When you add a roof over the front door, you not only add a stylish addition to your home but also a functional one. A roof or awning provides shelter from both the sun and the rain when you are at the door and protects the door itself from the ravages of strong weather. You can add a roof over the front door using standard do-it-yourself materials.
Measure the width of the door using a tape measure and add 12 inches. Cut three 2-by-4s to this length using a circular saw. Cut two 2-by-4s to a length of 12 inches. Hold one of the door-width pieces against the wall just above the door so there are 6 inches of wood on each side of the door. Drill holes through the wood and into the wall every 6 inches along the length, using a hammer drill.
Fill the holes in the wall with wall plugs. Screw one of the 12-inch pieces to either end of the drilled wood using two countersunk 2-inch-long screws per piece, to form a U shape. Screw another door-width piece to the other end of the 12-inch-pieces in the same manner, to form a rectangle as long as the width of the door plus 12 inches and 16 inches wide.
Screw the rectangle to the wall via 6-inch-long galvanized screws in the holes you drilled. Hold the remaining 2-by-4 piece horizontally across the wall 12 inches above the top of the rectangle. Drill holes through the wood and into the wall every 6 inches along the length of the wood. Fill the holes in the wall with wall plugs. Screw the wood to the wall using 6-inch-long galvanized screws.
Measure from the wall just above the top 2-by-4 piece and diagonally down to the outer edge of the rectangle. Add 6 inches to this measurement to find the length of the joists you will need. Cut enough 2-by-4 lumber to make one joist at either side of the roof and one joist every 6 inches between.
Stand the joists on the rectangle and top piece with the 4-inch sides of the joists vertical and the corner of one end touching the wall. Hold a plumb line to the top corner on the side by the wall on each piece. Draw a vertical line down the plumb line with a pencil. Cut along the lines using a jigsaw, to allow the joists to sit flush with the wall.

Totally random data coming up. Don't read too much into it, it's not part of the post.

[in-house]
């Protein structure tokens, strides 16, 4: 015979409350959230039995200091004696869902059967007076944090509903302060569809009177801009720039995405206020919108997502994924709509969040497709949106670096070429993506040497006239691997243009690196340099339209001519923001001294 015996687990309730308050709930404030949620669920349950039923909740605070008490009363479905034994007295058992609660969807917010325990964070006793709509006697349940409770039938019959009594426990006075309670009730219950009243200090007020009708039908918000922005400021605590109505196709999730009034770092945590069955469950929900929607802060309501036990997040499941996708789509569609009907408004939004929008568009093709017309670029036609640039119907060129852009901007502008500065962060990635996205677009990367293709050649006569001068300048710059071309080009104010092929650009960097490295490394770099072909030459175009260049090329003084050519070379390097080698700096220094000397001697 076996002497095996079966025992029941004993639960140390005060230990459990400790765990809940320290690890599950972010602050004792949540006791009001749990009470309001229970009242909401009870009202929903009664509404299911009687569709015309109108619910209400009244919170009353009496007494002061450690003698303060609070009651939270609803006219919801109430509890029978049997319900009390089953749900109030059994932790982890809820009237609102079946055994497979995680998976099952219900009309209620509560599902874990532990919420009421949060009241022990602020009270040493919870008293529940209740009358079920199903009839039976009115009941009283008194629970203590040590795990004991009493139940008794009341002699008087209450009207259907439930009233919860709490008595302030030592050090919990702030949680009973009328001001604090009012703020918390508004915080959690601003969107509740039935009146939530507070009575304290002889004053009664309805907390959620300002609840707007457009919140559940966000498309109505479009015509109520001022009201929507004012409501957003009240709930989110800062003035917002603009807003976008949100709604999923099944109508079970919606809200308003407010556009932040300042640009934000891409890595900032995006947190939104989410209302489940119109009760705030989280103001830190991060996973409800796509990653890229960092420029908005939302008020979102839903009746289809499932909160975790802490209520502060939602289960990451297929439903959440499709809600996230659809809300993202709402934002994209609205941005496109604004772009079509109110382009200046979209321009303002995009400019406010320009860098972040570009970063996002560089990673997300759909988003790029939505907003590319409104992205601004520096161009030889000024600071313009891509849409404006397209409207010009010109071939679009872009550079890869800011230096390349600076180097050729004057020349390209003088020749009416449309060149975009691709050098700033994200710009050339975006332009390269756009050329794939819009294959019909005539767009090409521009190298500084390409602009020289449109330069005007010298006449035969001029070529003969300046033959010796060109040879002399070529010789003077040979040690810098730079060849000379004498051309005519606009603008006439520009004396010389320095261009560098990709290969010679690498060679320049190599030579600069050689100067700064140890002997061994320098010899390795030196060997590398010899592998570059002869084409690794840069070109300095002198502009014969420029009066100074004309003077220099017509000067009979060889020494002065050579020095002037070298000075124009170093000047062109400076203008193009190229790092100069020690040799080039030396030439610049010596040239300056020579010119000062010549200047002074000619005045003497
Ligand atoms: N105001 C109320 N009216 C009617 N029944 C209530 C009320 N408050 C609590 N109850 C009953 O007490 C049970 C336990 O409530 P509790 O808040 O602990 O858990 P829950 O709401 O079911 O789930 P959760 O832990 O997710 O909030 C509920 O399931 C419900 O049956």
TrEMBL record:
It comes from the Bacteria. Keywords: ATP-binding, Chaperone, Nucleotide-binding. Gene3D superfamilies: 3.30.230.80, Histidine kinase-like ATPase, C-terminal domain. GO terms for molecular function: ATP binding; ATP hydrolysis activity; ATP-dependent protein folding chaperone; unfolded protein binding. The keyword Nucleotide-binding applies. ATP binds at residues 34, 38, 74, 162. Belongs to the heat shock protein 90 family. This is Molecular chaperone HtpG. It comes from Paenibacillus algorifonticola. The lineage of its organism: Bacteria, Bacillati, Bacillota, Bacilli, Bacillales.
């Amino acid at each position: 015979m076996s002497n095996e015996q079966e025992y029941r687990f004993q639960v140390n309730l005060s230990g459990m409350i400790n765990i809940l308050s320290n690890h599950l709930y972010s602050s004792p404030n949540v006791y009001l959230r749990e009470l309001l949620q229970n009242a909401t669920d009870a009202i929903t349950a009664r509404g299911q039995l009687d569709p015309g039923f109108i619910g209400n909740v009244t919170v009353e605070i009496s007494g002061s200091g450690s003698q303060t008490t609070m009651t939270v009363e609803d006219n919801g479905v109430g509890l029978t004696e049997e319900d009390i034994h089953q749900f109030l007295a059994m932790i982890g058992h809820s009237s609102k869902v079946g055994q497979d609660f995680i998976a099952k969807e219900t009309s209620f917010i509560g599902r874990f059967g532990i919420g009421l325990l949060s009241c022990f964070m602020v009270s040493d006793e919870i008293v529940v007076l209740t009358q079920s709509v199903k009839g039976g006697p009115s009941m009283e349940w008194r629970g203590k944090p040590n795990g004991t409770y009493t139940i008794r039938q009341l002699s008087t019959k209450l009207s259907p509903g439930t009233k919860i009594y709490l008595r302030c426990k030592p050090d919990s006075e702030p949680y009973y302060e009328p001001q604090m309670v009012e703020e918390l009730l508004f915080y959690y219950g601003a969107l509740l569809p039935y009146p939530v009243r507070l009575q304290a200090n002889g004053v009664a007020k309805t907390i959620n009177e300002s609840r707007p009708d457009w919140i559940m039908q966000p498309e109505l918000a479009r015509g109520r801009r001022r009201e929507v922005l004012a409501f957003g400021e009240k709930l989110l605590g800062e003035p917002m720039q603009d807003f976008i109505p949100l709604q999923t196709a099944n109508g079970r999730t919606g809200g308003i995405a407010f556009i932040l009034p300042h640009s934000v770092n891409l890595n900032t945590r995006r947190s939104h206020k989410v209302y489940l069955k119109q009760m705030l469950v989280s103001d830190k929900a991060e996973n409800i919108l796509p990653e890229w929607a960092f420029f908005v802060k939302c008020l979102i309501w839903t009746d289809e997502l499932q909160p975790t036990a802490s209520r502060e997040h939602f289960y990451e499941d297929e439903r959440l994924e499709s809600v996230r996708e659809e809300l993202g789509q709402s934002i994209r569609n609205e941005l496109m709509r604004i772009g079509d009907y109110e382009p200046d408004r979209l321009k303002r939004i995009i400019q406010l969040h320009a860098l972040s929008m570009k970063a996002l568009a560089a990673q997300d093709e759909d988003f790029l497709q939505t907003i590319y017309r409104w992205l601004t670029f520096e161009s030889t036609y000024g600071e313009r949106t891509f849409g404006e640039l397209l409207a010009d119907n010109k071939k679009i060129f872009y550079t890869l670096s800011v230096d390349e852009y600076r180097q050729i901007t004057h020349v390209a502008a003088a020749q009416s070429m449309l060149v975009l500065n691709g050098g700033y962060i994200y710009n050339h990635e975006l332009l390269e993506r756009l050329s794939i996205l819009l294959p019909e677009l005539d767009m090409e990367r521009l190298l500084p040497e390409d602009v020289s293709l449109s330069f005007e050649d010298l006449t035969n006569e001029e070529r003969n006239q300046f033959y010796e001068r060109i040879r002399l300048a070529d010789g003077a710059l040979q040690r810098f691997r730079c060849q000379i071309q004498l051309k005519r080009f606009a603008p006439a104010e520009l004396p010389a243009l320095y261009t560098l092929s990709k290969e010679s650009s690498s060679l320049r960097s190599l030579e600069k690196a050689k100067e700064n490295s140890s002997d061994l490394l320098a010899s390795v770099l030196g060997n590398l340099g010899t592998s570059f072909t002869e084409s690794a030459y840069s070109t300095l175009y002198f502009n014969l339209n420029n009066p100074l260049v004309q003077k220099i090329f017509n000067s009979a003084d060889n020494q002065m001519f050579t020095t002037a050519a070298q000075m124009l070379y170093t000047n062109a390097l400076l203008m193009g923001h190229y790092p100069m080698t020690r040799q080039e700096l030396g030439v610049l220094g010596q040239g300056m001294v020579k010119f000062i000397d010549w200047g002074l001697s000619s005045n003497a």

Stand the joists on the rectangle and top piece again. Use the plumb line to draw vertical lines down the joists at each point where they connect with the rectangle and top piece. Draw a horizontal line bisecting these lines using a ruler. Cut out the notches formed by the lines using the jigsaw.
Stand the joists back on the rectangles and top pieces, with the notches allowing the joists to sit flush against the wood. Screw the joists to the rectangle and top piece using one countersunk 6-inch galvanized screw per joint.
Cut enough pieces of 2-by-2 lumber to sit one piece as a crossbeam every 4 inches down the length of the joists. Screw the 2-by-2 pieces across the joists with one 3-inch-long screw per joint. Leave a 2-inch gap between each crossbeam.
Cut strips of underfelt to the width of the roof line. Nail the first strip to the bottom of the roof line using clout nails and a hammer. Nail the second strip above the first with a 1-inch overlap. Continue nailing the underfelt to the roof until the roof is covered.
Nail the first row of slate roofing tiles to the bottom of the roof using 1-inch-long roofing nails. Lay the second row above the first with a 1-inch overlap. Alternate nailing and laying rows of tiles until you reach the final row. Nail the final row to the top of the roofline.
Cut a sheet of 3/4-inch-thick plywood 20 inches long and 12 inches wide. Cut a diagonal line across the sheet using a jigsaw or circular saw, to form two right-angled triangles. Screw one triangle to either side of the roof using 1-inch-long screws.
Cut a sheet of 3/4-inch-thick plywood as long as the width of the roof and 16 inches wide. Screw the sheet to the underside of the roof using 1-inch-long screws. Varnish the front, sides and underside of the roof using exterior-grade varnish and a paintbrush.
- When cutting wood, make sure to keep your hands away from the saw blade to avoid accidental cuts or severed fingers due to a slipped saw blade or wood catching on the blade while you are cutting. In addition, wear gloves and safety goggles to remove the risk of splinters and wood particles being thrown up into your eyes while you are cutting.
- If you live in an area where rain is common, consider covering over the plywood on the sides of the roof with rows of thicker wood, overlapping one another by half an inch. This will add an extra layer of waterproofing to your new roof and will also help to decorate the sides of the roof.
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